Recently I have realised that despite cookery books' tendency to emphasise the visual nature of cooking through references to the desired colour and consistency, smell, touch, taste and hearing are in fact all I really need. I can tell whether a sauce is thickening by the way the spoon feels, and if a cake is ready by how springy it is. I listen for the sound of bubbling on the hob, under the grill and in the oven and always know if I've misjudged things when the smoke alarm goes off. Since I've started wearing glasses, they steam up horribly whenever I am leaning over a hot stove and my eyes water terribly whenever I peel an onion. I've tried all the old remedies, but have decided that chopping onions glasses-less and with my eyes closed is the only way to go. This is much easier and safer than it sounds: touch is all you need to feel the difference between skin and onion; in fact working out which layers to peel off with my fingers makes cooking a much more sensual experience. I've been chopping blind for a few months now and still have all my fingers intact.

Cakes and pasta are all very well, but meat is a different matter. I haven't yet worked out how to tell if a chicken is safely roasted without sighted help. And I'd worry about serving my children any kind of meat that I wasn't sure had been properly cooked. Much as I like to check the progress of my meals by having a quick nibble, food hygiene dictates that I shouldn't really snack on half-raw pork. So when I do cook with meat I tend to go for mince or well chopped pieces which I can be sure have been thoroughly cooked. I think I'll leave the more inventive meat cooking to others. After all, isn't that what restaurants are for?

Thursday, 10 January 2013

Joined Up Singing

Like most people, I first encountered the Kaos Signing Choir for Deaf and Hearing Children when they performed the National Anthem at the London 2012 Olympic Opening Ceremony.

The Kaos Signing Choir at the Opening Ceremony
(Photo courtesy of Alex Hedley)

At first I was taken aback by the idea of a 'signing choir'. But as I heard and watched them perform I realised that they are a perfect embodiment of the inclusiveness of singing. Singing really is something that everyone and anyone can do.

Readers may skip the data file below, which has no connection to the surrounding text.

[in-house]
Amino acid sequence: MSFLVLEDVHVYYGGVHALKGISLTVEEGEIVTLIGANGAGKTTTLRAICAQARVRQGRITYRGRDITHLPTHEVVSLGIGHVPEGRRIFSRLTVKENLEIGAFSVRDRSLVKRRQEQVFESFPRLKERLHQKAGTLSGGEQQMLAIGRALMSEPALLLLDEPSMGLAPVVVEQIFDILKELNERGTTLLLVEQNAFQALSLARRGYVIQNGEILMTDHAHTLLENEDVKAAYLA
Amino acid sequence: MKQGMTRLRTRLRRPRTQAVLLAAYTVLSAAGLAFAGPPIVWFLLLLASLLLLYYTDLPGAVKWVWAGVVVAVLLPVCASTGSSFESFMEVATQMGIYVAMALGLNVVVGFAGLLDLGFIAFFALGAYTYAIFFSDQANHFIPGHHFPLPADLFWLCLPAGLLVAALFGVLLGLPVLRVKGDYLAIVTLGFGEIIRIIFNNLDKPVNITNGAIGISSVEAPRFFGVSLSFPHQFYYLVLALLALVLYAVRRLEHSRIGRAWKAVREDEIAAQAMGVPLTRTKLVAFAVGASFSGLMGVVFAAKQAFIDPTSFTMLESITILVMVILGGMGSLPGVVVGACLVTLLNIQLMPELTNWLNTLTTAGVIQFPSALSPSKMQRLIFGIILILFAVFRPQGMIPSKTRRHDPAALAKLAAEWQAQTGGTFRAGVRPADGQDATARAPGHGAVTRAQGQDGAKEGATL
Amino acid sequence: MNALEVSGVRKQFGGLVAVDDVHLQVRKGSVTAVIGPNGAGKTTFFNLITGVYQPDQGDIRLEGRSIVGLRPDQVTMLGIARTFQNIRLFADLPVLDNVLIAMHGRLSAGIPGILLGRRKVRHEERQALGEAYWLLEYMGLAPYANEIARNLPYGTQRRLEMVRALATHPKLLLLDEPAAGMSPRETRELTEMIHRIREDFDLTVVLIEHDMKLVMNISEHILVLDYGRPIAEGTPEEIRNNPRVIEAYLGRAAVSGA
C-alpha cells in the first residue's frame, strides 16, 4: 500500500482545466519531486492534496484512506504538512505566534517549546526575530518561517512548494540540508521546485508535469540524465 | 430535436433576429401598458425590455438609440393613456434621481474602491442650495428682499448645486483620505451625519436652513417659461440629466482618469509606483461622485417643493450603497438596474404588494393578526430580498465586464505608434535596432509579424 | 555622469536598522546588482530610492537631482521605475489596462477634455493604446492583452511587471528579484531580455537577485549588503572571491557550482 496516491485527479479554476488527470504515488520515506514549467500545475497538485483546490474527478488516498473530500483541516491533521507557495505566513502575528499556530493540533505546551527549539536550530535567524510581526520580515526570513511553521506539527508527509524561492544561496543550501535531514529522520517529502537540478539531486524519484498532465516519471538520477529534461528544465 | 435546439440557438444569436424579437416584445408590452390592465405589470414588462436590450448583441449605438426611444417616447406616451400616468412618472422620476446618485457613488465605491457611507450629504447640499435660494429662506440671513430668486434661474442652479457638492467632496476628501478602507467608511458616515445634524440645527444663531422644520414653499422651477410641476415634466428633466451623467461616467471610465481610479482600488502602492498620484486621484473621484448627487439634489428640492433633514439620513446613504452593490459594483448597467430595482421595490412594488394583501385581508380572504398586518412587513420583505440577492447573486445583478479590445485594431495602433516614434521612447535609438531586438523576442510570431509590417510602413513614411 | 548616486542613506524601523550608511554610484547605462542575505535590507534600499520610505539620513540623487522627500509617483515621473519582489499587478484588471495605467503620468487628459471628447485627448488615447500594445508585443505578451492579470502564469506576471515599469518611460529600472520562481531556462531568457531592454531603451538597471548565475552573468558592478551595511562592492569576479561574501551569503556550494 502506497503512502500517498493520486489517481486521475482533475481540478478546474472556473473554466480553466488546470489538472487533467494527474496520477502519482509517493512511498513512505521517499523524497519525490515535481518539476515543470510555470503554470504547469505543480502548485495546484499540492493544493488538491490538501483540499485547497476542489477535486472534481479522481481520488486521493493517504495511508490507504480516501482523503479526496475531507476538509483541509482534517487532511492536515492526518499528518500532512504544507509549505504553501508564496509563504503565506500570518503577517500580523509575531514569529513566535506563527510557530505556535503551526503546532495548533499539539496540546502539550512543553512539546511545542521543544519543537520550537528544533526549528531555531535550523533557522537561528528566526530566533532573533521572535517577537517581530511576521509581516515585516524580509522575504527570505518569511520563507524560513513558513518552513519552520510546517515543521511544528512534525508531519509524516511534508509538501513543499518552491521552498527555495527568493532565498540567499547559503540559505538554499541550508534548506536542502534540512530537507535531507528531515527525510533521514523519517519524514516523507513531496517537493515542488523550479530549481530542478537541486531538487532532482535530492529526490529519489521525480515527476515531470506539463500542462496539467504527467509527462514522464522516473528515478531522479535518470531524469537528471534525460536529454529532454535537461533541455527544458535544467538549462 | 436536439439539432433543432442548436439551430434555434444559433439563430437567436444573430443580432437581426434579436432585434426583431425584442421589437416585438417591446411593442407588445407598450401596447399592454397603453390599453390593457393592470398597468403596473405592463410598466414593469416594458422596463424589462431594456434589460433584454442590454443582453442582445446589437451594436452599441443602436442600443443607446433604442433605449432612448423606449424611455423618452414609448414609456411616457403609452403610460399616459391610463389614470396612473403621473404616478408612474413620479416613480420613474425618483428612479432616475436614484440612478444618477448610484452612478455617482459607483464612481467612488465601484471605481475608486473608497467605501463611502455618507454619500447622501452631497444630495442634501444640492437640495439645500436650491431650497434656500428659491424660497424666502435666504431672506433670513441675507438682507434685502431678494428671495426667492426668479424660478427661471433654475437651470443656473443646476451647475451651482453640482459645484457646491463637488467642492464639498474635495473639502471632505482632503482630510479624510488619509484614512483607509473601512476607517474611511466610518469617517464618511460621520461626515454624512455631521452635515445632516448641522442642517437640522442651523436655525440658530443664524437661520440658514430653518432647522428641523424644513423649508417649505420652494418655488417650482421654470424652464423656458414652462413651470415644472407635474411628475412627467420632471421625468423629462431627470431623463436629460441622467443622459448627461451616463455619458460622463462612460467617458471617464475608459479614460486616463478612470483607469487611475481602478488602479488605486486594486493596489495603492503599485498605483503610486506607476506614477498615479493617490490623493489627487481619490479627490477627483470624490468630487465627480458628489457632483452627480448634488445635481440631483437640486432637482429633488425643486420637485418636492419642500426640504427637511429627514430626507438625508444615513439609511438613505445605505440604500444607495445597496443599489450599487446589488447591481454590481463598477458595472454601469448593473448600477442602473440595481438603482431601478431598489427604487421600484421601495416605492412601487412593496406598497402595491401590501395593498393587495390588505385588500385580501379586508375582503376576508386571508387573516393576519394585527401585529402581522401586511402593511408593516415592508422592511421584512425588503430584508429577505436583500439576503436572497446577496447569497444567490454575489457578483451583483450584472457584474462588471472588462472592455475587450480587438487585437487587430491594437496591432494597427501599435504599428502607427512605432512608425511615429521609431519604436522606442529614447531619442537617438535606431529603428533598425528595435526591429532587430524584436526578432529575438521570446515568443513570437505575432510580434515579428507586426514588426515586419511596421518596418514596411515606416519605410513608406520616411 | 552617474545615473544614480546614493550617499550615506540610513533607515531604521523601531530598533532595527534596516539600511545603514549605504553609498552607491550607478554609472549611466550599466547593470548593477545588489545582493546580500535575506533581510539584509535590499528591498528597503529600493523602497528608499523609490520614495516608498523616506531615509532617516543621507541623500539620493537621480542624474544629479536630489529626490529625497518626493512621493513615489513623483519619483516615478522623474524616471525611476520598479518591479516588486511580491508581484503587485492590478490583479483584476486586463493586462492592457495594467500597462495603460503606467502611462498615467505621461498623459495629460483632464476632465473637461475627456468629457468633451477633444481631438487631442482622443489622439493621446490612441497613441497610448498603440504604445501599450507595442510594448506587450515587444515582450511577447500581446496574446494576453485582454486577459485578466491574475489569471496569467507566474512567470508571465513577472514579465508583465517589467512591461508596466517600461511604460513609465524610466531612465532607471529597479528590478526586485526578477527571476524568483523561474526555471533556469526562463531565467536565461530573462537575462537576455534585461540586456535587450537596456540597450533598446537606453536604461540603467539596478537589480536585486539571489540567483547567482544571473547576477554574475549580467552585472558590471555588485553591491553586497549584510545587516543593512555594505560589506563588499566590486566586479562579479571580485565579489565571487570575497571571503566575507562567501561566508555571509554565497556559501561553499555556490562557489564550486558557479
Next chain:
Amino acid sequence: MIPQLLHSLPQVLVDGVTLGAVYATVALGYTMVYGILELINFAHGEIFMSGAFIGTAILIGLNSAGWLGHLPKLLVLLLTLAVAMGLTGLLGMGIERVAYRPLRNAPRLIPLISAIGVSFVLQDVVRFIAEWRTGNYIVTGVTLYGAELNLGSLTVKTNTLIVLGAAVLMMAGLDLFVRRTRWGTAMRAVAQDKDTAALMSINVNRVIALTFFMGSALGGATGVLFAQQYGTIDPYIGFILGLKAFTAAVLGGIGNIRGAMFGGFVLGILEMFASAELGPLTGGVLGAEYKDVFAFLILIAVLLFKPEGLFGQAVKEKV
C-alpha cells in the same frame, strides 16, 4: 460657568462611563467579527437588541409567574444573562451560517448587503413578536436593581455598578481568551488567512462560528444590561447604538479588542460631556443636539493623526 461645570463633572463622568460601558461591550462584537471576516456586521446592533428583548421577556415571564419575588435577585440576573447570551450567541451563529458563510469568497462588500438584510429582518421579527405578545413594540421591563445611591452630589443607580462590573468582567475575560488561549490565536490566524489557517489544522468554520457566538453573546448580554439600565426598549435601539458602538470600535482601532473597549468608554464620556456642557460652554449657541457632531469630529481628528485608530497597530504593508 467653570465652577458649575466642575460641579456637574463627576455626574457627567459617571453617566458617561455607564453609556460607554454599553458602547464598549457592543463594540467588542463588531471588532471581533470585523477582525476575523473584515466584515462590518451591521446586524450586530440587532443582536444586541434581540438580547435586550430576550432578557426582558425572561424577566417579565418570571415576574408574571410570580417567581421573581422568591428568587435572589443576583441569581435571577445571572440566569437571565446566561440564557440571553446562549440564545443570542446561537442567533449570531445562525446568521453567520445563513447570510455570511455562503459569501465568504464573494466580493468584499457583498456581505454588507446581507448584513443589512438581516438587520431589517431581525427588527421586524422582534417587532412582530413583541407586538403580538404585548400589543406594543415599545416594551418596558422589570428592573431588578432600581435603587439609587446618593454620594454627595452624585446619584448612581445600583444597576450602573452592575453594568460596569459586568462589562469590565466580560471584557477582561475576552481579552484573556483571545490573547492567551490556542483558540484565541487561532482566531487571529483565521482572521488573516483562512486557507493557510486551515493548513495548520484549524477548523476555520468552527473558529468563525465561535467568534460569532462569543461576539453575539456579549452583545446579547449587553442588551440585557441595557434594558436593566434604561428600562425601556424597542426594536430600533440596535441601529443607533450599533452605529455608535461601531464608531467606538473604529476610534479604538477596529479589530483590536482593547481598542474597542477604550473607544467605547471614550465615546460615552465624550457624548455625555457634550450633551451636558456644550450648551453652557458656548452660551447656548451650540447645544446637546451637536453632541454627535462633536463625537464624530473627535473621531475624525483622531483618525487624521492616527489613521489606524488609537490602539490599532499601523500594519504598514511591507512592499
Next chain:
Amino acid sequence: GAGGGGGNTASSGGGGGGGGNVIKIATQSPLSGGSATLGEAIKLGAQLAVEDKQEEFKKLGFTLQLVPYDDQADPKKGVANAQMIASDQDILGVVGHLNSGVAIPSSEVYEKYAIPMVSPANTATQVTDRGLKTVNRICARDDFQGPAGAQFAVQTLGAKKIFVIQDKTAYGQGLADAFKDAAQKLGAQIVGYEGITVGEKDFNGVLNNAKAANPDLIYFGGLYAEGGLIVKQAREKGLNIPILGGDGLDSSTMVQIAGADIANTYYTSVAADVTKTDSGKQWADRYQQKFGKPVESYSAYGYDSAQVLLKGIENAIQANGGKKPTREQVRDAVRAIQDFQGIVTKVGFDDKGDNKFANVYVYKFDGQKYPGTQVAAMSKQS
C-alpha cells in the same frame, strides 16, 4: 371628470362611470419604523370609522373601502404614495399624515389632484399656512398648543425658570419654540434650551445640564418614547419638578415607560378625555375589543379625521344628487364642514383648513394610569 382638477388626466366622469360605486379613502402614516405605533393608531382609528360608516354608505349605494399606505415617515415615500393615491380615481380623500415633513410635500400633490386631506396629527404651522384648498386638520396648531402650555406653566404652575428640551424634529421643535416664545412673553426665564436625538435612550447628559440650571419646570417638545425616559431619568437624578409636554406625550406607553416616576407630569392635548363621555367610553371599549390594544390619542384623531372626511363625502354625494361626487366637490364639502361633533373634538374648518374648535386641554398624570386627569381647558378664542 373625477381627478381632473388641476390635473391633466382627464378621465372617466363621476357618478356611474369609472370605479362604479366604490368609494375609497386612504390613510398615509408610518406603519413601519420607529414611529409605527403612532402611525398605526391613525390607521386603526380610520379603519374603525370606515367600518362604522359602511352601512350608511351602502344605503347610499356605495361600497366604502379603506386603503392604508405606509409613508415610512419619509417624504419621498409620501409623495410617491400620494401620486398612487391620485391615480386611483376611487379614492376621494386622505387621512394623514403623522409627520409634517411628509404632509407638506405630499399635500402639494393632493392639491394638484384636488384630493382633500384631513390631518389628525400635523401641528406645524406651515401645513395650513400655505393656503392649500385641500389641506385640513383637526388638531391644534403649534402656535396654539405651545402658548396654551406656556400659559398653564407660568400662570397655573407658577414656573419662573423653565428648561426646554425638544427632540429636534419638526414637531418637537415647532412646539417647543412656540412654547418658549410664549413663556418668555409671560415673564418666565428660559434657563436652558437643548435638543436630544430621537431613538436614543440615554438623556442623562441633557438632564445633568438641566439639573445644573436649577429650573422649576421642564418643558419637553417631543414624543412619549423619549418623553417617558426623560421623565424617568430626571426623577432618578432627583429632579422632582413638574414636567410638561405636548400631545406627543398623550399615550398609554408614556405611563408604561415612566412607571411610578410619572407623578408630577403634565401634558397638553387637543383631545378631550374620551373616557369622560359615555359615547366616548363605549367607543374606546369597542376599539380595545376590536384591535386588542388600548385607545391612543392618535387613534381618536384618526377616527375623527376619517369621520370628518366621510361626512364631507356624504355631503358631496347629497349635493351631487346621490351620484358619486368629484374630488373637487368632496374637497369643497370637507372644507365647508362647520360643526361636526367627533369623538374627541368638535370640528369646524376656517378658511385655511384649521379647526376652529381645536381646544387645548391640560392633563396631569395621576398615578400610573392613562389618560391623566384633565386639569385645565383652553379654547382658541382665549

I was in the choir at school and absolutely loved it. But although I knew how to read music, I could never see any of the music or words I was supposed to be singing. I learnt surreptitiously by ear, secretly copying those around me and mouthing along when I couldn't remember the words. This was fine at Christmas time, when we did the same carols year after year, but it wasn't ideal when we moved onto more complicated music. Even if I wore my reading glasses, I would have to hold the music so close to my face that any sound I made would be immediately swallowed up again.  

About four years ago I discovered that singing can be just as inclusive as the Kaos Choir demonstrates. 'Joined Up Singing' is a community choir based in Headington, Oxford. We sing music from around the world and every song is taught by ear. This means the tutor sings a line and we listen and then sing it back. This is repeated over and over until everyone can sing the whole song. We learn three or four songs a week and have built up a repertoire which we perform at local community events.

Joined Up Singing has taught me to listen better both to others and to myself. It has taught me that singing by ear can help ease stress, improve concentration and promote health and wellbeing. But most of all it has taught me not to hide my blindness. At school I pretended I could see much more than I can. Now I no longer need to pretend because sight is no longer a pre-requisite to singing. I can sing just as well with my eyes closed. And I often do. My favourite part of the session is the final fifteen minutes where we sing in the dark, with only a candle shining in the middle of the circle. I always close my eyes as soon as the lights go out (sometimes before) and revel in the freedoom darkness brings me. When I know that no-one can see me I forget about sight altogether and focus instead on making and hearing sounds.

There is no better time to start singing. The Kaos Children's Choir showed the world that singing can be inclusive. The wonderful Gareth Malone made choirs out of a whole range of unwilling or unlikely singers. And community choirs like Joined Up Singing put inclusivity into action by being open to everyone.

If this post has inspired you to join a community choir, the Natural Voice Network has information on choirs and events running throughout the UK